...Such aggressive measures, far harder-edged than how the U.S. military has traditionally operated in Afghanistan, became a critical component of operations across the south. In Zhari, soldiers fired more than 400 high-explosive line charges — small rockets that pull a wire embedded with C4 and can clear a truck-wide path for 110 yards. Everything in the way was pulverized, including roadside bombs, crops and homes.
In Sangin, the Marines used 24 line charges to tear up a 1,600-yard stretch of road embedded with 52 bombs. In another part of the district, they used multiple charges to demolish tall compound walls that insurgent snipers employed for concealment; Marine officers have told residents that if they want to rebuild, their walls must be lower than four feet....
--- bth: I question some of these stats as they don't on first blush add up to what the manufacturer of the APOBs say, for example the path might be 1/2 meter and not truck wide as an example. But some quick calculations on the Zhari army situation claims 110 yards (120.3 meters) per times 400 = 48.11 kilometers. In the case of the marines 1749 meters divided by 24 line charges is 72.9 meters per charge.
....Altaeros’s blimp, technically called an “aerostat’’ since it is tethered to the ground rather than free-flying, is designed to hold a wind turbine in its hollow center and fly at nearly 2,000 feet, where the winds are more consistent and powerful. (The wind turbines proposed for the Cape Wind project, by comparison, will reach 440 feet.) A thick mooring cable will carry the electricity generated by the turbine to a ground station.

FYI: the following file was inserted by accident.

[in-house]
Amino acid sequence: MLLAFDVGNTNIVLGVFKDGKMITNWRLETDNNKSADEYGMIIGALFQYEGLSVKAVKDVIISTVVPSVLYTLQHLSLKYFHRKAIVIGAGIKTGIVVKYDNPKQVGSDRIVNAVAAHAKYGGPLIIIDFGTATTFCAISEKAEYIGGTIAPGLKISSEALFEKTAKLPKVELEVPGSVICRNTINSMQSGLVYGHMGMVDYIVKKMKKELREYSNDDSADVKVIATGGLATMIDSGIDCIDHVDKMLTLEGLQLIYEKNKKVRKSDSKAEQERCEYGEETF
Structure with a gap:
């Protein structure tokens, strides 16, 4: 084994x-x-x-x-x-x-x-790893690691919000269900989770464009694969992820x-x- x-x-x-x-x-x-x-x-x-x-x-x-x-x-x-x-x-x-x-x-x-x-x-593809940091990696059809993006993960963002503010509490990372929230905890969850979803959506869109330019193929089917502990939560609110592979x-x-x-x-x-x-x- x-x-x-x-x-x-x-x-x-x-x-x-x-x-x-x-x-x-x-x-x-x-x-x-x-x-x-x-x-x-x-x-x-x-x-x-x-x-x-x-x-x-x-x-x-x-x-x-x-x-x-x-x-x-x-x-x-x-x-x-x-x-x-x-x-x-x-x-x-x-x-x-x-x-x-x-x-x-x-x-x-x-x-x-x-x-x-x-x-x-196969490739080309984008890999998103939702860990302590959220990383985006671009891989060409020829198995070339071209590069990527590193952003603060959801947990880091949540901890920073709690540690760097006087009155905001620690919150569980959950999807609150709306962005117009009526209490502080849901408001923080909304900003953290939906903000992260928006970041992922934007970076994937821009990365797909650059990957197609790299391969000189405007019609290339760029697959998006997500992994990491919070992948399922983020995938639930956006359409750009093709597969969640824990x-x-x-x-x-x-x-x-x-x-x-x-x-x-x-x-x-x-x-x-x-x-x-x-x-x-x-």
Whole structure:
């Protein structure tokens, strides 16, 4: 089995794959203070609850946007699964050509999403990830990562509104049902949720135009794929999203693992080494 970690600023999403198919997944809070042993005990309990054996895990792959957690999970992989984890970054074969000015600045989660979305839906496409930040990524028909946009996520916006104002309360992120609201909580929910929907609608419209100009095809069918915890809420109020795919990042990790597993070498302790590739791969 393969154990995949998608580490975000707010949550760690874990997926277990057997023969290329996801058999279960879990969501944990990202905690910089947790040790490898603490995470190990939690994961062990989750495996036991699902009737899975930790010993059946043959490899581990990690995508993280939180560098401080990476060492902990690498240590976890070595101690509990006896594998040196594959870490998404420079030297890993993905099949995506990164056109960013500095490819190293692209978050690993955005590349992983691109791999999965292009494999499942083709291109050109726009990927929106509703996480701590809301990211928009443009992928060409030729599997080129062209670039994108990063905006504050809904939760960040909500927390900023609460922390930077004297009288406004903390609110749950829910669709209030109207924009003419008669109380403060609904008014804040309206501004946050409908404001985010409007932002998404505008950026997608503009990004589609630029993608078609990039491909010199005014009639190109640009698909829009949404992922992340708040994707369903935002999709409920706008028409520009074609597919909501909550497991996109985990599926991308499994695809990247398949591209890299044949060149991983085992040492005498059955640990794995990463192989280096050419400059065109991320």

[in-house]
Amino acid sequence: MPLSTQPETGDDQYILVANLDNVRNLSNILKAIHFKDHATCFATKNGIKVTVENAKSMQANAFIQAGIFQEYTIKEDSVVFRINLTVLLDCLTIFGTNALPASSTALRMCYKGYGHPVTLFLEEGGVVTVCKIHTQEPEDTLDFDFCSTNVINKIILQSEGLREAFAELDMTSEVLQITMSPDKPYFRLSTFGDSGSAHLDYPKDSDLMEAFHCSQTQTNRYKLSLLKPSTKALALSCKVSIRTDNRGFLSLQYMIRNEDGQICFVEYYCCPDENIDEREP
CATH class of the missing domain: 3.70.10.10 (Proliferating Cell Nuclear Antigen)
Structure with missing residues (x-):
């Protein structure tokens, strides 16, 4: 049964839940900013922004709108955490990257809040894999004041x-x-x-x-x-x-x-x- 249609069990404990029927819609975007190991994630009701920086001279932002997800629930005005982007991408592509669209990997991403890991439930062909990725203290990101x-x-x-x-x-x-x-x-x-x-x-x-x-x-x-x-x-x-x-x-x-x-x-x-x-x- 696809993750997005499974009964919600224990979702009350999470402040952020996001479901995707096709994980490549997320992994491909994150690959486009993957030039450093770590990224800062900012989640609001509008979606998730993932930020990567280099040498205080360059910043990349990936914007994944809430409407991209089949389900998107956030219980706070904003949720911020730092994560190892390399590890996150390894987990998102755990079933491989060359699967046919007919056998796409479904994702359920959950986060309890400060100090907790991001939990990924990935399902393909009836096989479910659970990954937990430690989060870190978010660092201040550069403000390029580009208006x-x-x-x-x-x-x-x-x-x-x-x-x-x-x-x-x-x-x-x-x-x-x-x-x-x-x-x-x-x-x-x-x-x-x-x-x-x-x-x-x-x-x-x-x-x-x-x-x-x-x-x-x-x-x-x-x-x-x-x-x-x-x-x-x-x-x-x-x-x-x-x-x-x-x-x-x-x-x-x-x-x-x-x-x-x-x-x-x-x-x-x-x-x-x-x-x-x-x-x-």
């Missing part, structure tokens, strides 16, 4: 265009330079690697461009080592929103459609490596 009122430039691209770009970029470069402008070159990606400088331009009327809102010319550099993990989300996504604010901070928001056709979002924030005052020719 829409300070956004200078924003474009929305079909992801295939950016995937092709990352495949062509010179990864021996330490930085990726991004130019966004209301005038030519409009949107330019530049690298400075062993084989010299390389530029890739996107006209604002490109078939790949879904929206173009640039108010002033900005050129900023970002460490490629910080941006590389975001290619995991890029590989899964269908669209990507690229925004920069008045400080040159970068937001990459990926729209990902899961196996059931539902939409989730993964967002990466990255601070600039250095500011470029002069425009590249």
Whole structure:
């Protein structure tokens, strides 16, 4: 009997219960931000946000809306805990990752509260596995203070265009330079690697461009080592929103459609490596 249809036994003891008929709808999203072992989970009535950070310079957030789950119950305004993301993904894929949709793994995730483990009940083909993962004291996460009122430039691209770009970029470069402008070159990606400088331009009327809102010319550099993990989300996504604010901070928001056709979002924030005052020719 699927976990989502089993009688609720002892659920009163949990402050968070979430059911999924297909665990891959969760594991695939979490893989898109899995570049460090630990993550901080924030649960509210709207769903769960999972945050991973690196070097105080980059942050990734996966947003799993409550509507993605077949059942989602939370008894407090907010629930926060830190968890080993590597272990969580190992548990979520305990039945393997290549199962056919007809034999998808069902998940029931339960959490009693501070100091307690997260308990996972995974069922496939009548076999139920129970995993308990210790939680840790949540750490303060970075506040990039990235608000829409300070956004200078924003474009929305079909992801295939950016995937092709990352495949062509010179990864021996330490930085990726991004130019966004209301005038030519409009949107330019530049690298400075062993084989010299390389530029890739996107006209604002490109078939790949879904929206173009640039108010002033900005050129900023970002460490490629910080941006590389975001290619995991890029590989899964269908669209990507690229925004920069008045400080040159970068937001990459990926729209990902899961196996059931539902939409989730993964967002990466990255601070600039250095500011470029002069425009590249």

The company’s vision is that airborne wind power will prove an important complement to traditional pole-mounted turbines. Altaeros has already raised several hundred thousand dollars to test its technology and has been meeting with individual investors and venture capital firms to raise more. Based in East Cambridge, Altaeros is one of a half-dozen or so companies around the world working on designs that would send wind turbines high into the sky.
While we’ve captured power from the wind for hundreds of years, there are drawbacks to putting a spinning rotor atop a tall pole. “Thirty to 50 percent of the cost of putting up a wind turbine is building the tower,’’ says Altaeros chief executive Adam Rein. And if you try to build a taller tower to harness stronger winds at higher altitudes, construction costs increase further and objections from neighbors get louder.
The Federal Aviation Administration says tethered balloons are kosher, but they can’t be near airports or fly above 2,000 feet. They must be illuminated at night and include safety precautions in case the tether rips. (In that scenario, the balloon is designed to automatically let helium escape, letting the balloon drift to the ground.)
Altaeros believes its aerostat design could produce two to five times as much power as a pole-mounted, 350-foot-tall turbine in the exact location. Initially, the company is developing what you might call “wind power in a box,’’ packing the balloon, helium tanks, rotor, generator, and related gear into a shipping container. The container would then be sent to a remote oil field, island, or military post that would typically rely on a diesel generator for power. Altaeros’s aim is that the aerostat will be flying after just a day of set-up and will only need to descend every three or four months for a helium top-off and a maintenance check...
-- bth: great idea. Why aren't we trying these in Afghanistan where it costs us $400 per gallon to get fuel to a FOB?